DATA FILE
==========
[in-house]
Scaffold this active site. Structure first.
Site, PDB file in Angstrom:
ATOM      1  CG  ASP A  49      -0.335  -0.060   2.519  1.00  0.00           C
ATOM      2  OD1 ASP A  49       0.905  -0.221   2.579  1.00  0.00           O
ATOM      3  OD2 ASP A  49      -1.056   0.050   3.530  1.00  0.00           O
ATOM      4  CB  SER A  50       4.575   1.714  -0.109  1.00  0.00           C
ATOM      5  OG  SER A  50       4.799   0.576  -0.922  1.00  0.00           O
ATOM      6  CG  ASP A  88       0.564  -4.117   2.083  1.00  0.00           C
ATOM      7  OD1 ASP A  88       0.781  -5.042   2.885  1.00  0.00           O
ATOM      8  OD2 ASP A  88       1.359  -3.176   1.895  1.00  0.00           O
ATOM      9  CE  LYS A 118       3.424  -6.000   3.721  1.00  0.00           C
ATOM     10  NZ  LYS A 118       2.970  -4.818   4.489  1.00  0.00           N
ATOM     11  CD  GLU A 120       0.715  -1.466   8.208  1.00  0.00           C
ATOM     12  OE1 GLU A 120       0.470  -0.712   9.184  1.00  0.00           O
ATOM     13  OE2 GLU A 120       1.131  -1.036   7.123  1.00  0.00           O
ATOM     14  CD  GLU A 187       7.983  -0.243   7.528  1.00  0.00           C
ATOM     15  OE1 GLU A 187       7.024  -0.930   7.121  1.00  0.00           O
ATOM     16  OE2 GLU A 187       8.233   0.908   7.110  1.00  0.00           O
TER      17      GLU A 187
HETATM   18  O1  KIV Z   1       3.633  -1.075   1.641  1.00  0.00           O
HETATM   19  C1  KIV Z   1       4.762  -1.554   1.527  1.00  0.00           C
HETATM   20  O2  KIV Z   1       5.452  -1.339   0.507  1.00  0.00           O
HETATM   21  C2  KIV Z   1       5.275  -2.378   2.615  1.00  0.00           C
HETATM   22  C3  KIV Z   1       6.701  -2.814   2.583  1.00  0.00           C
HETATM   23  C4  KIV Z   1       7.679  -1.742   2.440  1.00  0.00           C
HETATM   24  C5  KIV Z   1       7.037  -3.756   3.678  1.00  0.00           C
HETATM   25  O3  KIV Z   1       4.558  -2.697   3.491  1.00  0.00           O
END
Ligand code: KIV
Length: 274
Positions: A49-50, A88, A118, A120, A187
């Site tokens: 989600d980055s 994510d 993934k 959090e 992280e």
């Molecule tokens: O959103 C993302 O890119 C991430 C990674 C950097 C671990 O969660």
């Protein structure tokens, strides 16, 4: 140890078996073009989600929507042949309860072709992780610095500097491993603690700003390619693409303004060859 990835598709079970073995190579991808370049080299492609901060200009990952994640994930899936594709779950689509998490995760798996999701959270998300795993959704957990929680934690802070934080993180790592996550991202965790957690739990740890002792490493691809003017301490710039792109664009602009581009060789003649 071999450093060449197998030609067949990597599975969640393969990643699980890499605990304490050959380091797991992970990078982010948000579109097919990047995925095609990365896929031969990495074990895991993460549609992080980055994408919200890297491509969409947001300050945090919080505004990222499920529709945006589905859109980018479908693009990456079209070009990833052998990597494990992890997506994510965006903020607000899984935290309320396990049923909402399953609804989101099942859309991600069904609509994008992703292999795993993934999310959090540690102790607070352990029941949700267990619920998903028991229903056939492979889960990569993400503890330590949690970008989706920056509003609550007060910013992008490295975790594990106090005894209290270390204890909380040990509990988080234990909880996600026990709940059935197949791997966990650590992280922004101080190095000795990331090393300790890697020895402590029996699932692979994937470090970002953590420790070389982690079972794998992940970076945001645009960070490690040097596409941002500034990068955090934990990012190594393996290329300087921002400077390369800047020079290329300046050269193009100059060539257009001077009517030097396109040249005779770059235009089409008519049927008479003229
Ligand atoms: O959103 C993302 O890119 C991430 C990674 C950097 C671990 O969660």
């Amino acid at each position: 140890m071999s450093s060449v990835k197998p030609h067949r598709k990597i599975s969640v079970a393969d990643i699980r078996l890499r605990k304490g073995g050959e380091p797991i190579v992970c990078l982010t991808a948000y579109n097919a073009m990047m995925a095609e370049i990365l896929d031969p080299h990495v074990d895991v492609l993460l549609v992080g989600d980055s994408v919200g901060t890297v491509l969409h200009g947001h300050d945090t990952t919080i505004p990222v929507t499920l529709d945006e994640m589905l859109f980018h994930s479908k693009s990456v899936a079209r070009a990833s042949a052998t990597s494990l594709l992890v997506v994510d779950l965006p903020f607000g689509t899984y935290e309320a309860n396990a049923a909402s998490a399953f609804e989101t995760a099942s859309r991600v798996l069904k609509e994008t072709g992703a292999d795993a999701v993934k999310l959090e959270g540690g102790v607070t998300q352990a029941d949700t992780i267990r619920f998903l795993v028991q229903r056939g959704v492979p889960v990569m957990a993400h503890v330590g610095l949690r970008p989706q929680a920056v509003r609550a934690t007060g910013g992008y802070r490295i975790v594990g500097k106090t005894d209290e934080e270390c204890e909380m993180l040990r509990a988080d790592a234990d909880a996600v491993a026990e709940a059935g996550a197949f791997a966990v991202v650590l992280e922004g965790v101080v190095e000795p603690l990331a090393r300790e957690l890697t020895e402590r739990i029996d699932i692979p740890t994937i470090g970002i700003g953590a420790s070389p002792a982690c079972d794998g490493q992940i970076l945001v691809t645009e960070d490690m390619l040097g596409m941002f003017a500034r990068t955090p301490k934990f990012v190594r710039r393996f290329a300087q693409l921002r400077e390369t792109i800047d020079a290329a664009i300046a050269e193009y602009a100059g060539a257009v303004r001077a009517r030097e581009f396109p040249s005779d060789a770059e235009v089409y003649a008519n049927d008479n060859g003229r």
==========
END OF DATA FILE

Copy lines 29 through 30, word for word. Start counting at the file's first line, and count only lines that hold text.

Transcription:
END
Ligand code: KIV